The Collation

Research and Exploration at the Folger

Posts Tagged: theater history

Theatrical disturbances and actors behaving badly: what the Drury Lane Prompter’s Journal tells us about nineteenth-century theatrical life

Guest post by Dr. Sarah Burdett What was life like inside the nineteenth-century London theatre? How smoothly did performances run? And how professionally did actors behave? The Drury Lane Prompter’s Journal, 1812-1818, held at the Folger, provides an excellent resource for answering each of these questions. From performances being pulled last minute, to drunkenness during rehearsals, and actresses being shot at on stage, the document is full of juicy and shocking anecdotes which provide fascinating insight into the day-to-day caprices of Georgian theatrical life.… Continue Reading

Twelfth Night

What better play to consider on the twelfth night of Christmas than Twelfth Night? Although there are discrepant practices today whether the Feast of the Epiphany—marking the visit of the Three Kings to Bethlehem to worship the Christ child—is celebrated on the 5th of January or the 6th, in Elizabethan England, the Epiphany was celebrated on the 6th. Like other festivities in the season, Twelfth Night was a time of topsy turvy celebrations inverting social order: boys crowned in mock religious processions, heavy drinking and lavish feasts, parody and misrule replacing stern morality.… Continue Reading

Mors comoedia. A comedy a hundred years old brought to life again in 1726

Sheer chance is an important factor in research. Some sixteen years ago I was surveying a sammelband held at Antwerp University Library that contained 257 programs documenting theater performances in Jesuit schools in Flanders. And now, just a month ago, one of the many Neo-Latin theater plays in the Folger collections unexpectedly helped me to identify the author of one of the largely anonymous texts.… Continue Reading

a Henry for her time

So the short answer to last week’s crocodile mystery is that this is a picture of Gwen Lally in the role of Henry V: How did I know that’s who this was? Well, click on the image and you’ll be taken to the file in Luna, where the metadata clearly indicates that it is “Gwen Lally as Henry V” and the bottom of the image (which I trimmed off for the crocodile post) is labelled “Henry V.” But that’s about all the information it provides, aside from the call number “Scrapbook B.67.1.” Because the Folger Theatre is currently staging Henry V, I was looking through our digital image collection to see what images we had of actors in the role of Henry.… Continue Reading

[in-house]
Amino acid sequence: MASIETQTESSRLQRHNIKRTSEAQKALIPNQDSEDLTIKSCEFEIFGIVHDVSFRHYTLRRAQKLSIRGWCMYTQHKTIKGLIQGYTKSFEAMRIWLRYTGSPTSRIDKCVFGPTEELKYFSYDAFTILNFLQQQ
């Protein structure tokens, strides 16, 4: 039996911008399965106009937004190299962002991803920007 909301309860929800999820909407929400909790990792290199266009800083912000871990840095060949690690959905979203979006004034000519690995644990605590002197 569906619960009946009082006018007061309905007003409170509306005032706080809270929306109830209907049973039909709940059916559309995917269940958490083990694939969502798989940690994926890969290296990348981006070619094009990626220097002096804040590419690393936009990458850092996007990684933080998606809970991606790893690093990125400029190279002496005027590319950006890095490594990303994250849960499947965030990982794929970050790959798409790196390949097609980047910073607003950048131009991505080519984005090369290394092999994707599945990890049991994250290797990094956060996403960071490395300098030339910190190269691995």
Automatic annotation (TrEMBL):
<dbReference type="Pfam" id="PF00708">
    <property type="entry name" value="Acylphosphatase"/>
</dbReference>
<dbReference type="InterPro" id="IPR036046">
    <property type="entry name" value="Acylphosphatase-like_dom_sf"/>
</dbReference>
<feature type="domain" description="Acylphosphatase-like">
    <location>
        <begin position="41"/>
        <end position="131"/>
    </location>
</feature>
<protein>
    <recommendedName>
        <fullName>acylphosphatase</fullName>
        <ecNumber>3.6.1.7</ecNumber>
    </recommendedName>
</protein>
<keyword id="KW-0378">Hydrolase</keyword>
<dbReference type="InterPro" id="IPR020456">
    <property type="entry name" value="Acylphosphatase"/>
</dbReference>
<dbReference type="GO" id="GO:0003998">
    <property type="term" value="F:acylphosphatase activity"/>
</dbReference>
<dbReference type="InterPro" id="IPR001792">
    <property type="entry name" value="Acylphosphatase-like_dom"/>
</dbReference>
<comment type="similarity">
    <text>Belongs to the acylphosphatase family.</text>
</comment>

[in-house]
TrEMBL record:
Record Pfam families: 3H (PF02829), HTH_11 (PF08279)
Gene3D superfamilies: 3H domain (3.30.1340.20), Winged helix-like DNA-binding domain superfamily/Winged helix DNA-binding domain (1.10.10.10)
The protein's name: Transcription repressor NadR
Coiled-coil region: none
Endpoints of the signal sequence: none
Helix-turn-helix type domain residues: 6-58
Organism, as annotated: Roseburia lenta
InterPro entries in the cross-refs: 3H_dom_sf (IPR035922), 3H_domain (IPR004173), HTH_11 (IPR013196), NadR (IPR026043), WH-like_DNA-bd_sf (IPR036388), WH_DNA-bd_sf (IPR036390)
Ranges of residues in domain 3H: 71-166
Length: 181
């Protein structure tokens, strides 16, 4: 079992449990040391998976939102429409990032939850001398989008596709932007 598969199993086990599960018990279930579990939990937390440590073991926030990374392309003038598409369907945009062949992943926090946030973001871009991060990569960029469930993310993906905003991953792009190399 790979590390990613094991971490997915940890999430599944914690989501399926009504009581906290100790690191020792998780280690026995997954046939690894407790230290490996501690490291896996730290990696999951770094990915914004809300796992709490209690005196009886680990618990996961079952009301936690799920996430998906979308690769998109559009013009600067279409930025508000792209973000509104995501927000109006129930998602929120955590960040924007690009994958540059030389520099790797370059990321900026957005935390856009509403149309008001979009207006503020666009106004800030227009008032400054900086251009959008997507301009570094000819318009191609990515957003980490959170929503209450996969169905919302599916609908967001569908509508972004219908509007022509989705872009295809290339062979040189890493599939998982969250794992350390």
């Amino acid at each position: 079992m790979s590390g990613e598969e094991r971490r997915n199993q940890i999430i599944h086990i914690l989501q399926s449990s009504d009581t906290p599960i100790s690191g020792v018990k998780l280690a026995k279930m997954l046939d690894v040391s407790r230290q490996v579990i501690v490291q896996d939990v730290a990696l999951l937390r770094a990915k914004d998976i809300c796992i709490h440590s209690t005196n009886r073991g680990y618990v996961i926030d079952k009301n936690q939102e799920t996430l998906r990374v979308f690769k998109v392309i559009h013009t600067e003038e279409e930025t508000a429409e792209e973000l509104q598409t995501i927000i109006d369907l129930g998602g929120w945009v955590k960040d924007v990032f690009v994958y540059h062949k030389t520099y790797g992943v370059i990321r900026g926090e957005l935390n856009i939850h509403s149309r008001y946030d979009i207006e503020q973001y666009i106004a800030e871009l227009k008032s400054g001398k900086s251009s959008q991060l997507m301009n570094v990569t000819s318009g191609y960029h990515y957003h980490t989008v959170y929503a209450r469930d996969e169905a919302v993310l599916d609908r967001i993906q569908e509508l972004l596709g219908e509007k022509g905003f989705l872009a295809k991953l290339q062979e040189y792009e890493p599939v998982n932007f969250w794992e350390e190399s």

Rehousing our tinsel print collection

Tinsel prints are a unique English art form from the early and mid-19th century. They are typically composed of metal foils, fabric scraps, leather, feathers, and any other suitable material glued onto printed portraits of actors and actresses. Theatrical tinsel portraits have their roots in “patch portraits,” which were introduced to England by French prisoners of war in the late 18th century.… Continue Reading

From Stage to E-page: Theater Archives at the Folger Library

[This post was first delivered as a talk at the 2012 conference of the Shakespeare Association of America as part of a session called “The Once and Future Performance Archive.”] The Folger Shakespeare Library in Washington, DC opened in 1932. It is representative of a private institution whose collections were very much shaped by the interest of its founders, Henry and Emily Folger.… Continue Reading